Soils

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Soils

The Darling catchment contains at least 10 different soil types.  However, the principal soil on the river floodplain is best described as cracking clays on alluvial plains (grey and black vertosols).  They often contain Gilgai’s (saucer-shaped depressions) which are interspersed on higher areas with brown and red soils, sandy soils, dunes and islands of red earth.

The various soils of the Darling catchment have influenced agricultural development and land use and are believed to have influenced the quantity and quality of water reaching the river.

Land use and soil type are interrelated. Land use since white settlement has had a significant impact on soil health and condition.  Sheep and cattle grazing are the principle land use industries.
Soil erosion is the most widespread form of land degradation and remains the biggest environmental problem in much of the catchment.  It is a problem which can, to a large extent, be controlled by land use, management of grazing, cultivation and structural works.  Soil erosion has increased because of the unreliable climate and as cropping has expanded into marginal areas.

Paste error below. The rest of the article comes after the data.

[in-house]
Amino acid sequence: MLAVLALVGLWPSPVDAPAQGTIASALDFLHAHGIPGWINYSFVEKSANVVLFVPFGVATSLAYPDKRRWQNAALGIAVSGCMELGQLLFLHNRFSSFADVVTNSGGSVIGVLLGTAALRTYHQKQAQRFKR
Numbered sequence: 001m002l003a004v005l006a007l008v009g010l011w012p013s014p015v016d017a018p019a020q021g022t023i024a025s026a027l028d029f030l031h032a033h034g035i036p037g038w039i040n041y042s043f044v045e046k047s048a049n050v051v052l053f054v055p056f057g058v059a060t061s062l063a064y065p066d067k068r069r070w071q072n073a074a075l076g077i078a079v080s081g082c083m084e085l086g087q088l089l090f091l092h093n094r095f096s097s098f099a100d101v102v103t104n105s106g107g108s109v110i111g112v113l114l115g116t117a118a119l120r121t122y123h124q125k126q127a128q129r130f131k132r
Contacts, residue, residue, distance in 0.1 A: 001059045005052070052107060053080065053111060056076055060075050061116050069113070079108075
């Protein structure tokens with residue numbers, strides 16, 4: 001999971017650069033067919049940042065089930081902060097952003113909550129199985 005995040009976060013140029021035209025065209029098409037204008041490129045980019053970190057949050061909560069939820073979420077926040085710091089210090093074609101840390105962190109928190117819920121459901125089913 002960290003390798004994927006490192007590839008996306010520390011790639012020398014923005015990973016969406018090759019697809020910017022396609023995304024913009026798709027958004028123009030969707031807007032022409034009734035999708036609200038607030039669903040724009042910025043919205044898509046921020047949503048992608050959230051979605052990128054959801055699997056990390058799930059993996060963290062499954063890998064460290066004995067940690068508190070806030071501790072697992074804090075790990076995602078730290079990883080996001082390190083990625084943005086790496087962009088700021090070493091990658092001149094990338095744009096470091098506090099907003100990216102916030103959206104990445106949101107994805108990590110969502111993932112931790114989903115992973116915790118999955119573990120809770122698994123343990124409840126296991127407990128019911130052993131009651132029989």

Erosion throughout the Darling catchment has been caused by water erosion, rill erosion (caused by concentrated run-off), gully erosion and wind erosion. Stream bank erosion is also a problem and is a major contributor to turbidity and sediment loads in waterways. Bank slumping has been a problem following flood events in the Darling River, particularly upstream of Wilcannia where banks are relatively high and steep.

Wind erosion is a particular problem for sand and sandy loam soils and soils with poor vegetation cover.  Serious wind erosion occurs in western NSW when vegetation cover becomes depleted by grazing, drought and cultivation.  In recent years, wind erosion has been greatly reduced by native woody shrubs which have proliferated on most red calcareous and sandy soils.

The frequency of wind storms is a crude indication of wind erosion severity, although dust storms have declined significantly since the 1950s. The greatest wind erosion hazard is cultivation for cropping in the lower Darling catchment where the soil is susceptible to erosion, rainfall is low and summer fallowing often corresponds with strong winds.  Conservation farming practices have reduced this hazard but in drought years soil loss and drift can still occur.

While it is difficult to map, the decline of soil structure is also believed to be a major cause of erosion.  This results from continuous cultivation, heavy trampling by stock and overstocking, particularly in dry times.

Flood irrigation can also have a detrimental impact on soil structure.


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